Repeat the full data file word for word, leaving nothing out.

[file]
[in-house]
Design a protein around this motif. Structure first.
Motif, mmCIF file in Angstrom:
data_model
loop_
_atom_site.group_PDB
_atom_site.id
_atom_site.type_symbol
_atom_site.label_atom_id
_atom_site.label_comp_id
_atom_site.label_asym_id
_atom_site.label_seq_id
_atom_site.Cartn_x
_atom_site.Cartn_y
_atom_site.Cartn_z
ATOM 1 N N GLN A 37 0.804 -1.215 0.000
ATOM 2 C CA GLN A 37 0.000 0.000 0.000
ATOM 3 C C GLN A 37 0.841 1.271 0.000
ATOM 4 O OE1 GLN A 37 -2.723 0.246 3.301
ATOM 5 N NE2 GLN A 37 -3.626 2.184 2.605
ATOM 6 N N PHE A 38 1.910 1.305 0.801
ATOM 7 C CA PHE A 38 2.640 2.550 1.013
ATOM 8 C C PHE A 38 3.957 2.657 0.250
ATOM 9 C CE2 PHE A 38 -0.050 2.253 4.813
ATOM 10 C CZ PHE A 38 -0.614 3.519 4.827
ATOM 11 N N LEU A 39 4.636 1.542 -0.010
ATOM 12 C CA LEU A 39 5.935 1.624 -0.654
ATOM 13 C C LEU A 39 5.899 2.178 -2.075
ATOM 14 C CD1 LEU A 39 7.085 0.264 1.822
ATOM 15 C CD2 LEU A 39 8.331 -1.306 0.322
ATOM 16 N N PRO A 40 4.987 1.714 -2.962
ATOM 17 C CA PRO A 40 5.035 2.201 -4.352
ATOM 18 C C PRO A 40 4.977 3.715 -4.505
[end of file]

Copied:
[in-house]
Design a protein around this motif. Structure first.
Motif, mmCIF file in Angstrom:
data_model
loop_
_atom_site.group_PDB
_atom_site.id
_atom_site.type_symbol
_atom_site.label_atom_id
_atom_site.label_comp_id
_atom_site.label_asym_id
_atom_site.label_seq_id
_atom_site.Cartn_x
_atom_site.Cartn_y
_atom_site.Cartn_z
ATOM 1 N N GLN A 37 0.804 -1.215 0.000
ATOM 2 C CA GLN A 37 0.000 0.000 0.000
ATOM 3 C C GLN A 37 0.841 1.271 0.000
ATOM 4 O OE1 GLN A 37 -2.723 0.246 3.301
ATOM 5 N NE2 GLN A 37 -3.626 2.184 2.605
ATOM 6 N N PHE A 38 1.910 1.305 0.801
ATOM 7 C CA PHE A 38 2.640 2.550 1.013
ATOM 8 C C PHE A 38 3.957 2.657 0.250
ATOM 9 C CE2 PHE A 38 -0.050 2.253 4.813
ATOM 10 C CZ PHE A 38 -0.614 3.519 4.827
ATOM 11 N N LEU A 39 4.636 1.542 -0.010
ATOM 12 C CA LEU A 39 5.935 1.624 -0.654
ATOM 13 C C LEU A 39 5.899 2.178 -2.075
ATOM 14 C CD1 LEU A 39 7.085 0.264 1.822
ATOM 15 C CD2 LEU A 39 8.331 -1.306 0.322
ATOM 16 N N PRO A 40 4.987 1.714 -2.962
ATOM 17 C CA PRO A 40 5.035 2.201 -4.352
ATOM 18 C C PRO A 40 4.977 3.715 -4.505